The gain in sensitivity achieved with CCCP/CCD97 as compared to the IPCS is obvious. Pixel for pixel, it was measured that the same SNR was achieved 5 times faster with CCCP/CCD97 than with the IPCS. Thus, for the same integration time, the CCCP/CCD97 data reveals a wider and more precise radial velocity field.

The same night the CCCP/CCD97 PC observation was made, another observation of NGC 7331 was attempted. This time, a single exposure of 5 s per channel was made for the same total integration time. The data were then processed with an AM algorithm. The PC and AM Radial Velocity maps show, as expected (from the curves of the top left panel), that the PC observation yields better results than the AM observation, even if the PC operation involved taking more images of shorter exposure time. As shown by figures 2 and 6, this gain in efficiency could not have been obtained with a camera having a higher level of CIC and a lower EM gain.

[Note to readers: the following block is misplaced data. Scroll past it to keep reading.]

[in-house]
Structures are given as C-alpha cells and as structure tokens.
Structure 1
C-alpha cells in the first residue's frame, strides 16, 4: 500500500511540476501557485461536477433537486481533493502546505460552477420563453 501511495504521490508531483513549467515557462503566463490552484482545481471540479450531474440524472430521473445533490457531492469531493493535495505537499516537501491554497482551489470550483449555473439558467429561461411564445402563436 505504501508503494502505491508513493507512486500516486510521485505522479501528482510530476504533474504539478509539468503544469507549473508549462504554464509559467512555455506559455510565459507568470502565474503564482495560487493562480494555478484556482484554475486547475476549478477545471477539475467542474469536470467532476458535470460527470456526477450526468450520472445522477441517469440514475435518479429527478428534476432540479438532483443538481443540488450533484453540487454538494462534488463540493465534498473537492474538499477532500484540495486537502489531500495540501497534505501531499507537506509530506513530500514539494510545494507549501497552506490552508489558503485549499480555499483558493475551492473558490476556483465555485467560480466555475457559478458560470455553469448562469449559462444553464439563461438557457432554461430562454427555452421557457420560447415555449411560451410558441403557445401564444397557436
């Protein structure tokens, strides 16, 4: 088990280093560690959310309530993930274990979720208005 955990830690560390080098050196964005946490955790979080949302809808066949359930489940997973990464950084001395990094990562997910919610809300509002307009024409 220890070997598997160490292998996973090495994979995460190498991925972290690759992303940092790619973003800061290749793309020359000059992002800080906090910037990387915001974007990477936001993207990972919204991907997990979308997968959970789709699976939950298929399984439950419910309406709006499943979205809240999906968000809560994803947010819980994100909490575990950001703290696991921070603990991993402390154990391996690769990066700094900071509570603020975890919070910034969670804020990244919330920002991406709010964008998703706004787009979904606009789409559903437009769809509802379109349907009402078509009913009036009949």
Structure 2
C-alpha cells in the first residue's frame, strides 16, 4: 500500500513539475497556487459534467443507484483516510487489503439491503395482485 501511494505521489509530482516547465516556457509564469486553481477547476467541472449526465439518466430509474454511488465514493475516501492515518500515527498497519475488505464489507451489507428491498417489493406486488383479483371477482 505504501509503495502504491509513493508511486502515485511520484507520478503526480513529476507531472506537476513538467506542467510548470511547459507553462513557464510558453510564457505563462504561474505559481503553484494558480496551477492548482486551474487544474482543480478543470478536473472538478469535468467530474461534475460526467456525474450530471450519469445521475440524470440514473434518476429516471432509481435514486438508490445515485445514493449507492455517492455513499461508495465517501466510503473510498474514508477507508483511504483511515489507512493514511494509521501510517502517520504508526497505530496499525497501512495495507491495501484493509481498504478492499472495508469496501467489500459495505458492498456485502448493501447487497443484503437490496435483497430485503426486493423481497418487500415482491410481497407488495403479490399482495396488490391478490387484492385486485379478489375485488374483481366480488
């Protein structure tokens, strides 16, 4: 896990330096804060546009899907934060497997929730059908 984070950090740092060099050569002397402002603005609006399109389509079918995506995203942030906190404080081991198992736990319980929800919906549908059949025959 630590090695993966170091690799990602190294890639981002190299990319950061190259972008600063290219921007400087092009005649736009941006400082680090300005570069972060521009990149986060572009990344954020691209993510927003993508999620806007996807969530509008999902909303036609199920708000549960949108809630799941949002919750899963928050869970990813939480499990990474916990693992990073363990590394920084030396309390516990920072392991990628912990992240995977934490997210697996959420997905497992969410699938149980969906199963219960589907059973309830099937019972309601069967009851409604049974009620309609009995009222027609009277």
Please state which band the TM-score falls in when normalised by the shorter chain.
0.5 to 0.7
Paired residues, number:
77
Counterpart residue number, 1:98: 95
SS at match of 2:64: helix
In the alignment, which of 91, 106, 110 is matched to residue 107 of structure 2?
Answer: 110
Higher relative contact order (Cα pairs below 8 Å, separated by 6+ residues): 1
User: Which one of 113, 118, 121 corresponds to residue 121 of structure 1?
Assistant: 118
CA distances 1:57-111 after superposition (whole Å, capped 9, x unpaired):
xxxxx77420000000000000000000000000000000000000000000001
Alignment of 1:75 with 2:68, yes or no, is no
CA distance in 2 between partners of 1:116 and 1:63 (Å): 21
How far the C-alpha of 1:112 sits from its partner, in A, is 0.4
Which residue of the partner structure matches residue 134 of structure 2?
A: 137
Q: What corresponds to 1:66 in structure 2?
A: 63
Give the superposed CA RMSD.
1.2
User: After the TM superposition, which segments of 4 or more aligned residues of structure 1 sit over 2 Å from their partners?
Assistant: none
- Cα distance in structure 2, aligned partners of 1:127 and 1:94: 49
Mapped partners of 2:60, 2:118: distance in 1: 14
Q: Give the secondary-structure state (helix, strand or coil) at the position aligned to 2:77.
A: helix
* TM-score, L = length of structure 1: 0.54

Figure 7. Pixel’s flux distribution and Radial Velocity maps of NGC 7731 obtained with an IFS. The observations were made in comparable sky conditions and the same total exposure time was used. The spectral resolution is about 15000. Top left: pixel’s flux distribution of the CCCP/CCD97 observations over-plotted on relative SNR of the camera in PC (0.5 s/image) and AM (5 s/image) modes. Top right: Observation with the IPCS. Bottom left: Observation with CCCP/CCD97 in AM at 5 s/image. Bottom right: Observation with CCCP/CCD97 in PC at 0.5 s/image.


3.3 High speed photometry results